I wrote the book on Real Estate – literally – ( How To Make Real Profits In Real Estate) . It makes me ill that investors buy on the basis of a billboard that says ” Donald Trump Will Build Here”. The Donald lends his name in return for your deposit money to a developer. I have listings in Canada that are proven profitable investments – sitting because investors want to tell their friends they are investing with Donald Trump or some new beach front in Panama. Common sense is highly valued because it is so uncommon.
Taken literally, “Buy what you see” leads you to conclude that you should invest only in real estate that is 100% complete, totally built-out, with all infrastructure and amenities in place.
If you’re an ultra-conservative investor or a retiree not interested in taking any chances, this safe-bet strategy can make sense.
However, the point of the advice is to help the would-be real estate investor get back to basics. To remind you of the fundamentals of real estate markets, cycles, and pricing.
If what you see at the time of your purchase is a plot of land with no improvements or infrastructure, then that’s what you’re buying…and that’s what you should pay for.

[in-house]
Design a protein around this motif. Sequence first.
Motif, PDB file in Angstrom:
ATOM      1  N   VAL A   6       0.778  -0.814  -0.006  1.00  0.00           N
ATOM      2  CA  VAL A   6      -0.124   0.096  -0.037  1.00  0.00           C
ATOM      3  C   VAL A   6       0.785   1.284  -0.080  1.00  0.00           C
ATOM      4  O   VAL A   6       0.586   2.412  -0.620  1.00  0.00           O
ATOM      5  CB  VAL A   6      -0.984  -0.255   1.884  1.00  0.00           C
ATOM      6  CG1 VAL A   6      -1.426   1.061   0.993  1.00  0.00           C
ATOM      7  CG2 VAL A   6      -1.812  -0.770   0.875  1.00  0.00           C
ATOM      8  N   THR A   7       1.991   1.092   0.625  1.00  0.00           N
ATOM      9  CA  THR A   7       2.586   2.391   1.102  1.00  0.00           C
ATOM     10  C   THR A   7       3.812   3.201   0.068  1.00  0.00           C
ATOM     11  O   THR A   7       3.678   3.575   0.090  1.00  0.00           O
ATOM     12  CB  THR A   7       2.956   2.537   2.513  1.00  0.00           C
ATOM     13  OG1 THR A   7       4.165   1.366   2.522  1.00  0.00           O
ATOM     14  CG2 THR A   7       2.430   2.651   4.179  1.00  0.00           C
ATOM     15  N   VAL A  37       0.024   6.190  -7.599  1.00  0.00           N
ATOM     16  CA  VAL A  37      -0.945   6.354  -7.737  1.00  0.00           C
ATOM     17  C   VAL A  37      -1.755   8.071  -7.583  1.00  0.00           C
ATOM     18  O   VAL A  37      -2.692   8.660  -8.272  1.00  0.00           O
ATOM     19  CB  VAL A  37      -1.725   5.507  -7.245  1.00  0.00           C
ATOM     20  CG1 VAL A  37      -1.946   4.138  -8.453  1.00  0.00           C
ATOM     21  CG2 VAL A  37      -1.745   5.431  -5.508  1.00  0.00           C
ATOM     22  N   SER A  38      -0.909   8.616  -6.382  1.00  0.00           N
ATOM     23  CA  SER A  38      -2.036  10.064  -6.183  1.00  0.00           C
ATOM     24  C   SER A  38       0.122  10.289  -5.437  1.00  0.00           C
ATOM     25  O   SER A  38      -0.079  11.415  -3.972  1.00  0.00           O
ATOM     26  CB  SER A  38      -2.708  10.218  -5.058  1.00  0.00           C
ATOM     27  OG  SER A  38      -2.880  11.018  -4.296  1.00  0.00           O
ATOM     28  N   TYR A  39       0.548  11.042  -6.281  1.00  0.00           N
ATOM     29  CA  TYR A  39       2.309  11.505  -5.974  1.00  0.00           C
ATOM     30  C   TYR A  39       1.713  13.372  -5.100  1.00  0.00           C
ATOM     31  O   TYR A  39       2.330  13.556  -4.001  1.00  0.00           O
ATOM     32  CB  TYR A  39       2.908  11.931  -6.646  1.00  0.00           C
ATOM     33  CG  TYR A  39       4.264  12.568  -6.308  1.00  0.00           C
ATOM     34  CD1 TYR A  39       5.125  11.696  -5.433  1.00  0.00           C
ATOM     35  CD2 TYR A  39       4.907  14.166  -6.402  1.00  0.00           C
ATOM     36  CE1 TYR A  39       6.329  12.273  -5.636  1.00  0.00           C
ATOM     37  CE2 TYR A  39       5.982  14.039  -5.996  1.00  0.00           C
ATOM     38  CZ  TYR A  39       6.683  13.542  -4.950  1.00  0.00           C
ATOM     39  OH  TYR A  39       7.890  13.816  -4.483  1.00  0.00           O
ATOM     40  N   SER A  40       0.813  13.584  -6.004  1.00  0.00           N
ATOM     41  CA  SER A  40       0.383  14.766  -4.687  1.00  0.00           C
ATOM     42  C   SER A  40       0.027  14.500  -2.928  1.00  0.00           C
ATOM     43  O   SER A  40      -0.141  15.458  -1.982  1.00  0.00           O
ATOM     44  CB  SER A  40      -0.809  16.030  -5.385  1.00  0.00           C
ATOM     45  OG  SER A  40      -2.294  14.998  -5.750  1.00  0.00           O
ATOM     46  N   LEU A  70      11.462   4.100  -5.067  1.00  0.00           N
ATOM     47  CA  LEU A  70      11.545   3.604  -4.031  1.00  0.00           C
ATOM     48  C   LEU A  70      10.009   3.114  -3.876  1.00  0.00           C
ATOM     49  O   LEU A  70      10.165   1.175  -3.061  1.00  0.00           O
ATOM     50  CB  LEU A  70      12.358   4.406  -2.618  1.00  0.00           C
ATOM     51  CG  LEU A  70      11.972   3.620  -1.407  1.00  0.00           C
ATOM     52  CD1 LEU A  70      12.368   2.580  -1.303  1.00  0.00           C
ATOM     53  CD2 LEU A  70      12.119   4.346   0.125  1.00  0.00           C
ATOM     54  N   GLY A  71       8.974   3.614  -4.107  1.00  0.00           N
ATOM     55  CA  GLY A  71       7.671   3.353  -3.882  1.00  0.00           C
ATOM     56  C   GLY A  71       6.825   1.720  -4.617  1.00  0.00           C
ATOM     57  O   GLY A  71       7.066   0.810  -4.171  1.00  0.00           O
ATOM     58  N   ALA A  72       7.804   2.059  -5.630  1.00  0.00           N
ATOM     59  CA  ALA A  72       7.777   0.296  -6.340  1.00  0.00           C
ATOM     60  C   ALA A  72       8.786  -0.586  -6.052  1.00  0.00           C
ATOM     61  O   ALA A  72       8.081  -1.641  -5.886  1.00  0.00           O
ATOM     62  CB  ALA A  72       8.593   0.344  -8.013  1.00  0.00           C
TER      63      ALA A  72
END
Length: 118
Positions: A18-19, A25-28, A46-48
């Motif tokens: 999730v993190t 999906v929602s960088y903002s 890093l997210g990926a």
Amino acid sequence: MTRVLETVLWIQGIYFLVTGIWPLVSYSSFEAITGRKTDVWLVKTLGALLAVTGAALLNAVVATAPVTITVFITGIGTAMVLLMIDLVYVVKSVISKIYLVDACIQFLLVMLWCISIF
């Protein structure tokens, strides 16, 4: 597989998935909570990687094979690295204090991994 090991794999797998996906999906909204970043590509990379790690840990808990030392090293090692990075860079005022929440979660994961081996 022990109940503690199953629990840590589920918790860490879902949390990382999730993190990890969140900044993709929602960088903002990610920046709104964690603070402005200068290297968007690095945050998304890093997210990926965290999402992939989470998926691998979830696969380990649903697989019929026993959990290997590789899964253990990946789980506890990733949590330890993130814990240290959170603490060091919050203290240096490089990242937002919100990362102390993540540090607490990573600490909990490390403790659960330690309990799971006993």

That’s the crux of the thing. Make sure that, whatever you’re buying, you’re paying a price that reflects the reality of the product at the time of your purchase.
“Buy what you see” does not translate to mean never buy pre-construction or raw land. It means to understand what you’re buying…so you can assess and accommodate for the risks…and so that you pay the price you should pay given what you’re paying for.
The trouble starts when investors forget this fundamental and are tempted into paying “something-there” prices…when there’s nothing there.
In Panama, for example, during the heyday of the pre-construction boom, people began paying prices that reflected potential values, not current, pre-built values. That’s not buying and paying for what you see. That’s buying and paying for what some developer is promising you. When you buy early, you should pay a price that reflects a discount compared with comparable completed projects.
Unfortunately, in Panama, as elsewhere through various boom and bust cycles, the developers got greedy…and the buyers, greedy, too, were led astray by promises of profit supported by claims from earlier buyers who had, in fact, bought at discounts to completed construction prices.
If your risk tolerance is low, then you want to follow the advice literally. Buy only what you see.